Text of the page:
And the success the braver nation show. And cross some rivulet passage did begin.

There was the Plymouth squadron now come in, In shipping such as this, the Irish kern

Which in the Straits last winter was abroad; And untaught Indian on the stream did glide : Which twice on Biscay's working bay had been, Ere sharp-keeld boats to stem the flood did learn, And on the midland sea the French had aw'd. Or fin-like oars did spread from either side.

Old expert Allen, loyal all along, Add but a sail, and Saturn so appear’d,

Fam'd for his action on the Smyrna fleet: When from lost empire he to exile went, And Holmes, whose name shall live in epic song, And with the golden age to Tyber steerd,

While music numbers, or while verse has feel Where coin and commerce first he did invent.

Holmes, the Achates of the general's fight; Rude as their ships was navigation then;

Who first bewitch'd our eyes with Guinea gold No useful compass or meridian known; As once old Cato in the Roman sight Coasting, they kept the land within their ken,

The tempting fruits of Afric did unfold. And knew no north but when the Pole-star shone.

With him went Sprag, as bountiful as brave, or all who since have us'd the open sea,

Whom his high courage to command had brought: Than the bold English none more fame have won: Harman, who did the twice-fir'd Harry save, Beyond the year, and out of Heaven's high way, And in his burning ship undaunted fought They make discoveries where they see no Sun.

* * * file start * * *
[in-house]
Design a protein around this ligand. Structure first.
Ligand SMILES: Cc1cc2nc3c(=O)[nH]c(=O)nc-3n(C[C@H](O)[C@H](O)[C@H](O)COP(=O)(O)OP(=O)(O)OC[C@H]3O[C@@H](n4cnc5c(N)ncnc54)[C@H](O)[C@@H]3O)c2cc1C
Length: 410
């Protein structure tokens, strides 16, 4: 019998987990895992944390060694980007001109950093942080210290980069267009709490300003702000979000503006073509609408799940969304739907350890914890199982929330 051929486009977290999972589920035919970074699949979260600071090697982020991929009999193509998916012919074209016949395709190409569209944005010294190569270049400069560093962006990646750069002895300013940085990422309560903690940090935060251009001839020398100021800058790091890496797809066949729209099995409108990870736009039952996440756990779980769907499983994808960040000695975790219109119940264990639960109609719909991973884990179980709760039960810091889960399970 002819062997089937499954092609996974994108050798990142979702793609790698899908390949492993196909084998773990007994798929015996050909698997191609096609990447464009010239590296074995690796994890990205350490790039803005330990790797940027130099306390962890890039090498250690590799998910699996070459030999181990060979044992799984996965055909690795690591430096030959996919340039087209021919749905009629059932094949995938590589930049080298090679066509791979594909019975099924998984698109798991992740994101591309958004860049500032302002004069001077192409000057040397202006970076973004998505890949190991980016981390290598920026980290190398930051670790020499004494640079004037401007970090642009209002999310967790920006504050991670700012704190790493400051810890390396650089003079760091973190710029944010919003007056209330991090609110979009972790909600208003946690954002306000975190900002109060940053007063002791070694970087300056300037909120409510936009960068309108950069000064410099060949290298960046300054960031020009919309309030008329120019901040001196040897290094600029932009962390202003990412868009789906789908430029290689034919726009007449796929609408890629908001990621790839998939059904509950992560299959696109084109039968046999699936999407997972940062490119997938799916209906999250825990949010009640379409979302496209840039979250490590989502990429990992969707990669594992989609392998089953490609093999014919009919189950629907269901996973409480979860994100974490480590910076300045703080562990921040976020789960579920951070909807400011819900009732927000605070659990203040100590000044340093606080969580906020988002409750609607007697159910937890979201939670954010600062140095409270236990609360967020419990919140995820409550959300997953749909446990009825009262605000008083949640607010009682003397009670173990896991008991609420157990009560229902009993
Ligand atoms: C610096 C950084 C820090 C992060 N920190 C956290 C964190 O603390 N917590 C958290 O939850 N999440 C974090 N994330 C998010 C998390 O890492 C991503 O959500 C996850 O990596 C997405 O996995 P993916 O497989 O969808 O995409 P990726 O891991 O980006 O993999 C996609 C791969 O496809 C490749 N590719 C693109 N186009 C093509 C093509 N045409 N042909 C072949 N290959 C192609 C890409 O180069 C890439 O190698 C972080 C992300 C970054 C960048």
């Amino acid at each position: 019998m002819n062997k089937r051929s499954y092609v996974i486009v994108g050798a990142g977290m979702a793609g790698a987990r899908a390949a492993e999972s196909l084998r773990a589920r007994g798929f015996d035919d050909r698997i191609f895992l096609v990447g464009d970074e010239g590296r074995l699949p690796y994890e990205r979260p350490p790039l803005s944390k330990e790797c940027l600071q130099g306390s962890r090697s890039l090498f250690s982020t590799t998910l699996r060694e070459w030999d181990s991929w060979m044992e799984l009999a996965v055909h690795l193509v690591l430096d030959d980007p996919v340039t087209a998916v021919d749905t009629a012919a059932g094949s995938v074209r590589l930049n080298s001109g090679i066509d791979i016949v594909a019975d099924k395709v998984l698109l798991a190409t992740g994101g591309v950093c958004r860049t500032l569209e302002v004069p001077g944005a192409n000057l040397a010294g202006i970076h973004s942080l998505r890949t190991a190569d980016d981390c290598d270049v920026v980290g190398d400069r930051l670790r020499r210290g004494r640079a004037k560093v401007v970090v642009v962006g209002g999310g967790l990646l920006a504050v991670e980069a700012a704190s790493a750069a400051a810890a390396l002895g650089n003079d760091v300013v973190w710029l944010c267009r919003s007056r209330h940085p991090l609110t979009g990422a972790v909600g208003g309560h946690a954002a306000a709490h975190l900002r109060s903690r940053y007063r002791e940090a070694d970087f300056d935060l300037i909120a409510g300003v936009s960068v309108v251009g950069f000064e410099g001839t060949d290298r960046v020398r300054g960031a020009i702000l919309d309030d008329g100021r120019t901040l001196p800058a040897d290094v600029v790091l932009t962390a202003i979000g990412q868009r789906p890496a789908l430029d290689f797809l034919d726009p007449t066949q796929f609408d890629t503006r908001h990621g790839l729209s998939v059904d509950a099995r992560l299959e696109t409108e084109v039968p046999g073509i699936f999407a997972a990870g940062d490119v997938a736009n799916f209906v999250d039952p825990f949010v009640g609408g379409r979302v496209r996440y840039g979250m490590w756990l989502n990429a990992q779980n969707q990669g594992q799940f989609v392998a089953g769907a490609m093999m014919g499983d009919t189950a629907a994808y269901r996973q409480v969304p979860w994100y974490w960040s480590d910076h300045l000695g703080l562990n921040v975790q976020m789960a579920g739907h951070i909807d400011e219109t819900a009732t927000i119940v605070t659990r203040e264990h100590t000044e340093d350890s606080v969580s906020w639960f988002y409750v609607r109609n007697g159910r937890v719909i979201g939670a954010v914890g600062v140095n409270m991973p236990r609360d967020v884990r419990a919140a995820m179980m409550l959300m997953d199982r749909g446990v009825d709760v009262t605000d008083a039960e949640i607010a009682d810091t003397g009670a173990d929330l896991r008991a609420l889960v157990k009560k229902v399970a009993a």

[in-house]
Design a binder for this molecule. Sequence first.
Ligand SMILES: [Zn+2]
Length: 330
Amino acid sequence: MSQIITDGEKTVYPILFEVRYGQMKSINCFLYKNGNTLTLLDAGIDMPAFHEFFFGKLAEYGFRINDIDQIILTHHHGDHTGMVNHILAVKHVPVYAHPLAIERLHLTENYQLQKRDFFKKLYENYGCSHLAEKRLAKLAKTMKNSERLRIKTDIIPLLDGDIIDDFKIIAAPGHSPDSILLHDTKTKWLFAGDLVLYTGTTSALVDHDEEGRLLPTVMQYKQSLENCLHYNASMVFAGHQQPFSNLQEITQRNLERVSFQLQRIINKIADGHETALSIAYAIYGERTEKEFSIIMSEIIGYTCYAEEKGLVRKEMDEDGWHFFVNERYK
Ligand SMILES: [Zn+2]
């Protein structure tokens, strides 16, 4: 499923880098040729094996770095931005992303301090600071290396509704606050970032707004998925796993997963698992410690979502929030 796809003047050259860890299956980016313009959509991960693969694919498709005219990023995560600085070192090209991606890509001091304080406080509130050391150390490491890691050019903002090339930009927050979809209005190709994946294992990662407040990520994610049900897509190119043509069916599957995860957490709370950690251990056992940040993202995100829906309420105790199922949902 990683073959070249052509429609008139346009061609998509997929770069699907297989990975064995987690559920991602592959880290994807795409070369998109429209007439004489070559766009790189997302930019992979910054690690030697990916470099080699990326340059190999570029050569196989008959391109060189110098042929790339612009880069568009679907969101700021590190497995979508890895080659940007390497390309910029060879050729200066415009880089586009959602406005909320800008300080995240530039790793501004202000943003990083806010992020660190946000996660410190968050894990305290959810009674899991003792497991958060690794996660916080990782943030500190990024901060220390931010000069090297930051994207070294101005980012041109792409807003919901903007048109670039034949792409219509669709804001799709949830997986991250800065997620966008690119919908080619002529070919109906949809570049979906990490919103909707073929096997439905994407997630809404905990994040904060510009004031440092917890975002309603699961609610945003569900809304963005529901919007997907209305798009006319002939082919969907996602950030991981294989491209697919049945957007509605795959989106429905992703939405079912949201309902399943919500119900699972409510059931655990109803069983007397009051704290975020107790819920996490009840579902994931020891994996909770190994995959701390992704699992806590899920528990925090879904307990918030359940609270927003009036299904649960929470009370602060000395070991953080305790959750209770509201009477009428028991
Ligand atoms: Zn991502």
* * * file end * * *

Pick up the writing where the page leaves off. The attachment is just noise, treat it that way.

Young Hollis on a Muse by Mars begot, But what so long in vain, and yet unknown, Born, Cæsar-like, to write and act great deeds :

By poor mankind's benighted wit is sought, Impatient to revenge his fatal shot, Shall in this age to Britain first be shown,

His right hand doubly to his left succeeds. And hence be to admiring nations taught.

Thousands were there in darker same that dwell, The ebbs of tides and their mysterious flow,

Whose deeds some nobler poem shall adorn: We, as Art's elements, shall understand, And though to me unknown, they sure fought well, And as by line upon the ocean go,

Whom Rupert led, and who were British born. Whose paths shall be familiar as the land.

Of every size an hundred fighting sail : Instructed ships shall sail to quick commerce, So vast the navy now at anchor rides, By which remotest regions are allied ;